Tuesday, April 2, 2013

High-Density Wi-Fi Design Part 3 - WLAN Configuration Best Practices

In this video, I explain the best practices for configuring a Wi-Fi network for high-density environments. These include:
  • Proper encryption required to use 802.11n high throughput data rates
  • Proper use of Quality of Service (QoS) through Wi-Fi Multimedia (WMM)
  • Disabling lower data rates to maintain high performance
  • Prioritizing key business applications over recreational applications
  • Client rate-limiting to prevent "greedy" clients from hogging bandwidth
  • The important role that bi-directional band steering plays in optimizing spectral use
  • Load balancing clients based on airtime utilization on different channels to serve users where the most capacity exists
  • Using airtime fairness to adequately handle a mixed-client environment
  • Proper consideration of wired network resources, including switch port bandwidth, power over Ethernet, and Internet/WAN bandwidth
  • Appropriately sizing IP subnets to account for device density and user mobility

These principles are covered in more depth in the Aerohive High-Density Wi-Fi Design and Configuration Guide.

Read the Entire High-Density Wi-Fi Design Series:
Design Your WLAN for High Capacity
Video Blog: High-Density Wi-Fi Design Part 1 - Forecasting AP Capacity
Video Blog: High-Density Wi-Fi Design Part 2 - RF Planning
Video Blog: High-Density Wi-Fi Design Part 3 - WLAN Configuration Best Practices



  1. Have you run across a wireless-only office - all end user devices using WLAN as primary connectivity instead of Ethernet? What devices would you recommend stay wired (network printers, VOIP phones)? Would this not also require high density of APs?

    1. Hi Dale,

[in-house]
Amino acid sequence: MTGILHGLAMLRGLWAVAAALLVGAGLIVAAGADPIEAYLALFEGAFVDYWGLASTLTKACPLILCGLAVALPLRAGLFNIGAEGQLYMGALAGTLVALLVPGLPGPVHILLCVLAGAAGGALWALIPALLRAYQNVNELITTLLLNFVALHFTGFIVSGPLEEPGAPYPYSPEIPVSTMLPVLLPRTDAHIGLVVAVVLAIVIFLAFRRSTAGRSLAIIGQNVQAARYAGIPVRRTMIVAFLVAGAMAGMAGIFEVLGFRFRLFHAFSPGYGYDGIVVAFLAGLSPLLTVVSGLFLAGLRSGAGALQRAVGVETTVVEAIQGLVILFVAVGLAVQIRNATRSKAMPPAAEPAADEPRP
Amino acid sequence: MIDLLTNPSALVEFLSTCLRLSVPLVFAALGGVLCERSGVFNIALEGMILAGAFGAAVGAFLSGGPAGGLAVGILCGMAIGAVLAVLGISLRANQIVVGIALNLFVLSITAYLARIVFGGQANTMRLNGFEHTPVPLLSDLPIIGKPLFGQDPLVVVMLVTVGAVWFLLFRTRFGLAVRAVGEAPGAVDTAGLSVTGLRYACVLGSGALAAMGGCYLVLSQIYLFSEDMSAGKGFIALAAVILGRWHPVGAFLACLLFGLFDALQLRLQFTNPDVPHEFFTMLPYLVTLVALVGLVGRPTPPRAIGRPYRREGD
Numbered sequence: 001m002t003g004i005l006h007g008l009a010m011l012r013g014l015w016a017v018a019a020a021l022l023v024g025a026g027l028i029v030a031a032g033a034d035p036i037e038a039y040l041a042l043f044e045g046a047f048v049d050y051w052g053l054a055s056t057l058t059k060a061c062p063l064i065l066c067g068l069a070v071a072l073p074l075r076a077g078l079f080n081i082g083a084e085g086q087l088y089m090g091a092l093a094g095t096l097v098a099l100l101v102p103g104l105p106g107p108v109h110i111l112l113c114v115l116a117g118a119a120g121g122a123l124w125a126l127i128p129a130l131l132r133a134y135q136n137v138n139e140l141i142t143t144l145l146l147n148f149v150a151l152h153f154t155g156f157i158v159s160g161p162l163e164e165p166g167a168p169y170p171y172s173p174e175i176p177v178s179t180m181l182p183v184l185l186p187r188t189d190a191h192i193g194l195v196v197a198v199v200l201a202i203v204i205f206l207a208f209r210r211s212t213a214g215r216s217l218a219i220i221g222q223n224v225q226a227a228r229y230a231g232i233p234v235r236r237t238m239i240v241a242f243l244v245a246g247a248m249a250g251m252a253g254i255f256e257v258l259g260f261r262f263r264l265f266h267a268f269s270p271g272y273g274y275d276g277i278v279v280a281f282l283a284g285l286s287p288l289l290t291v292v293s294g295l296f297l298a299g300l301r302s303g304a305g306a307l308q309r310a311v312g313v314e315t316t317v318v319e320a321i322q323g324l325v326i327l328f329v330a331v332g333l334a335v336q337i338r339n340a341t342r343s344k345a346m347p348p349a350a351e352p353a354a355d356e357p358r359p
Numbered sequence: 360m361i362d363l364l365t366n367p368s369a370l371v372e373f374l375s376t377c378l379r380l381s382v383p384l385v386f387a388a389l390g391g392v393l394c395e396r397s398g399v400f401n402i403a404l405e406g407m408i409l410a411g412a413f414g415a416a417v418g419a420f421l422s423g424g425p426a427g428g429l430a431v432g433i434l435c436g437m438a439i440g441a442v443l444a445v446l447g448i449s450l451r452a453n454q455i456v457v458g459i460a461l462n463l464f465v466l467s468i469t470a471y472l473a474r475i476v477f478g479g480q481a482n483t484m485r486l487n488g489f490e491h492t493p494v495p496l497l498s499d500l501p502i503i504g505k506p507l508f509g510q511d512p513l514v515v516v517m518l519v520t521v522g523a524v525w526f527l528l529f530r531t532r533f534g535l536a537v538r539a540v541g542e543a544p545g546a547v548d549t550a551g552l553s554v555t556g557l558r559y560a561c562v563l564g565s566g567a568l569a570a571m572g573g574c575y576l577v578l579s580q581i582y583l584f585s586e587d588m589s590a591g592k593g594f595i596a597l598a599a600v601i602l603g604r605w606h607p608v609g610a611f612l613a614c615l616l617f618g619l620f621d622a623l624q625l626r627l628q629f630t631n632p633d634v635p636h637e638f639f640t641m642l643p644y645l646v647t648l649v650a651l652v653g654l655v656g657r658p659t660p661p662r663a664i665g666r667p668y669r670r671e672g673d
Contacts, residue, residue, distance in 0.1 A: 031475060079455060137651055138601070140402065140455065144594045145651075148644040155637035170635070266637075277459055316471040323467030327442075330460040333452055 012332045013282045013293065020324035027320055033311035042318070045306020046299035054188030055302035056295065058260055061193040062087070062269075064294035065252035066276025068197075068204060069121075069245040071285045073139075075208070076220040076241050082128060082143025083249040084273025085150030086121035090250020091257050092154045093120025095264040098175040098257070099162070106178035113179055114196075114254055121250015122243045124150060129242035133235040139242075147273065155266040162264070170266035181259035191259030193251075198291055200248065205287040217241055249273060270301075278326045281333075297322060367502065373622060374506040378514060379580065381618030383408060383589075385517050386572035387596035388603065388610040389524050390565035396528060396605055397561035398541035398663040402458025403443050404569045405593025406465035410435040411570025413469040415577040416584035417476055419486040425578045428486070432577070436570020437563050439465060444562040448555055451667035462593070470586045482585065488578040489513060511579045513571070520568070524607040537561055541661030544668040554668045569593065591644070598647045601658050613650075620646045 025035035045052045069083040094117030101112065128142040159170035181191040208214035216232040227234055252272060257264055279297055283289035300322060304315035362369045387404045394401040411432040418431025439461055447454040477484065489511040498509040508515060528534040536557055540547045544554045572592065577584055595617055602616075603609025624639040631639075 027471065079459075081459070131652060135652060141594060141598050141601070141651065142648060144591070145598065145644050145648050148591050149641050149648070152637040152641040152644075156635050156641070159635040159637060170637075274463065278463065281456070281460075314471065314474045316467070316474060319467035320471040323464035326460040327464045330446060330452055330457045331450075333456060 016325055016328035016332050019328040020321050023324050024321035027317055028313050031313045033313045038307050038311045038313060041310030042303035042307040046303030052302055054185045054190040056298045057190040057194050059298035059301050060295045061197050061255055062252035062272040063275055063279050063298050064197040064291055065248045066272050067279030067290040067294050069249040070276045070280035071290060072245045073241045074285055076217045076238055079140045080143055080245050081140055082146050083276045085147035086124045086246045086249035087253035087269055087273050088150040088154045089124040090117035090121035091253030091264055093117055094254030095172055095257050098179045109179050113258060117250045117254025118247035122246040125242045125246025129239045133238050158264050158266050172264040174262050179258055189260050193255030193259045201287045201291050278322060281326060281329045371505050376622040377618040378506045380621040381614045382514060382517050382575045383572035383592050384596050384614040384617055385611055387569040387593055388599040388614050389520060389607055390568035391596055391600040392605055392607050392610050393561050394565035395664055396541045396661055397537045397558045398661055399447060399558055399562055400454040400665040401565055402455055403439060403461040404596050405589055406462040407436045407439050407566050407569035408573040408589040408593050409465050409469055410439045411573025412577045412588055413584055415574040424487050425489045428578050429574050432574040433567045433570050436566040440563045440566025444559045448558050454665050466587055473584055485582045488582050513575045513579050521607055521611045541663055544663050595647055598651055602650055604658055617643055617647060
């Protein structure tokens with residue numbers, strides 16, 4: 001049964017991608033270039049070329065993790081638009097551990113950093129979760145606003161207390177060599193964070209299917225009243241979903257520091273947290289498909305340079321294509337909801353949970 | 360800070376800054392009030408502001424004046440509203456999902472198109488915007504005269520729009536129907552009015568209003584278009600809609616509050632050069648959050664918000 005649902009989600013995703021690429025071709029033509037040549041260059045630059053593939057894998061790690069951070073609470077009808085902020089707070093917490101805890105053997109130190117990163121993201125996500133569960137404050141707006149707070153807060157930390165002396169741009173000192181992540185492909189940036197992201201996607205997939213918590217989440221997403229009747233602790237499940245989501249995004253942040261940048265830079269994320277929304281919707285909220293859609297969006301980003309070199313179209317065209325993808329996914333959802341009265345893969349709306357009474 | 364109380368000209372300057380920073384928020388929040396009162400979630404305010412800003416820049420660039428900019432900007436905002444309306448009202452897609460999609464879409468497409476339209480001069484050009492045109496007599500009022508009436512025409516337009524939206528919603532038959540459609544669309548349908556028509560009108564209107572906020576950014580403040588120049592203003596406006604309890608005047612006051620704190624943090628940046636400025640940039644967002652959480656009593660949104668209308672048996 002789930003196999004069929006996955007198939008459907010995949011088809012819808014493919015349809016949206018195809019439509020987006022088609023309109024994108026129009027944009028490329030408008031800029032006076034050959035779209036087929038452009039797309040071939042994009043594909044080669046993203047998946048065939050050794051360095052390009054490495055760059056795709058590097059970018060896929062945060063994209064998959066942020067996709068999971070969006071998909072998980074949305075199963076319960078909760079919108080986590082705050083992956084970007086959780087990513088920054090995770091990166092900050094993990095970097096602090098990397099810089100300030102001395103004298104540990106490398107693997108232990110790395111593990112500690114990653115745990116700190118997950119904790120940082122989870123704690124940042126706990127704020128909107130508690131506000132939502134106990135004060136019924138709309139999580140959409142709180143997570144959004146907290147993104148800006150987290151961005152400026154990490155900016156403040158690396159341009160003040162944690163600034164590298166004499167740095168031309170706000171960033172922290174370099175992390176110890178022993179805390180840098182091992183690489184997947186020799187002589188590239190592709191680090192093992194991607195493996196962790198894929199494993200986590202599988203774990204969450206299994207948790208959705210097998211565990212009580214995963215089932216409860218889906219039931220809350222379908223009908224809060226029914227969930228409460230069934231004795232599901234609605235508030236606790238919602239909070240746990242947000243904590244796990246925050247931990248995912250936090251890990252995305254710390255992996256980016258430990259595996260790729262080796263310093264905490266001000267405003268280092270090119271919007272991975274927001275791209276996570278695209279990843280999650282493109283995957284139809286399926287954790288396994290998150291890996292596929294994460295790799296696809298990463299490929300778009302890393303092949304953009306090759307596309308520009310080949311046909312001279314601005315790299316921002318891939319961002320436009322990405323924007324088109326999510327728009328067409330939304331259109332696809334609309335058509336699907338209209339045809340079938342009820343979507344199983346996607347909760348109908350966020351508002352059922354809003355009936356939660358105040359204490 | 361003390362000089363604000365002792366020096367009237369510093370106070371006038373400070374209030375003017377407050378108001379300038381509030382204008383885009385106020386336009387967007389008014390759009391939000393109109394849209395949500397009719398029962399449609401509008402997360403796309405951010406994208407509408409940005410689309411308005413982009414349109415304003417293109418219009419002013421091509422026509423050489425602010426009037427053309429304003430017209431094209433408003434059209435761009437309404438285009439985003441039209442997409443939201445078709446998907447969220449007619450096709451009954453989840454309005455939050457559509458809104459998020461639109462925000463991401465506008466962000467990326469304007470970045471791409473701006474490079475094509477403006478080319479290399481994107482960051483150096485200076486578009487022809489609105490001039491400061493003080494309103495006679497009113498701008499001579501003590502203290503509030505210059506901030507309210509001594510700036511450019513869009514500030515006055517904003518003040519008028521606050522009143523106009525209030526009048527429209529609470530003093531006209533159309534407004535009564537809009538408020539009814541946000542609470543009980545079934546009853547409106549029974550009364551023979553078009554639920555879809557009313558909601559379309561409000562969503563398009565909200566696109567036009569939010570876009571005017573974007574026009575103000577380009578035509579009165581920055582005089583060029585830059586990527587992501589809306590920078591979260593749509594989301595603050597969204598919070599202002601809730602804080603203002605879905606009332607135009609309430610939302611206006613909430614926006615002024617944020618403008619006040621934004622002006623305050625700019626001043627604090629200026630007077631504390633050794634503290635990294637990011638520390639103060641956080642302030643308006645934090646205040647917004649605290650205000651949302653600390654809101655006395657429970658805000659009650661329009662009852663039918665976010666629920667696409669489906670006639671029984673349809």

Yes, I've actually designed and implemented networks where wireless access is used for the majority of connections. It's never really an "all-wireless" or "wireless-only" office because some shared devices still need to be wired, as you mentioned.

      The most common devices that I still see being wired include:
      - Printers, because enterprise multi-function printers are often in shared areas. And their embedded Wi-Fi capabilities are usually very poor and perform horribly which would cause support issues.
      - A few ports in conference rooms for portable video carts and other temporary or high-bandwidth uses. Most end-users are still wireless though for meetings.
      - Executive offices still get wired access (in addition to wireless) because they require a higher level of service than cubicle workers.
      - VoIP desk phones that are cheaper than wireless VoIP phones. Although many offices are trying to move to soft phones on laptops to get around the cost difference.
      - Security cameras

      Yes, a mostly wireless office typically requires a higher density of APs.


  2. You mention that the sizing of the broadcast domain is a consideration for designing high capacity networks. I've seen some very large events use multiple /20s for their subnet sizes, but I'm curious if you've seen any larger subnets used and if there was any negative impact?



    1. Hi Jason,
      I've typically seen /20 or /21 subnets used. I haven't personally seen anything larger, and I would hesitate to do so personally.


    2. I've seen some of those new "plug and play wireless AP" that use /8 subnet for wireless client.
      Each AP has its own dhcp server.
      Do you think this could cause trobles?

  3. hi Andrew,
    i am implementing wireless service provider(offload) on the public area, and unfortunately, so many rogue AP that detect on this area. I test the performance and it's really bad. What should i do to attack this interference. i am using Cisco product. am i customizing the RRM profile? *Note : i use the AP without clean air feature.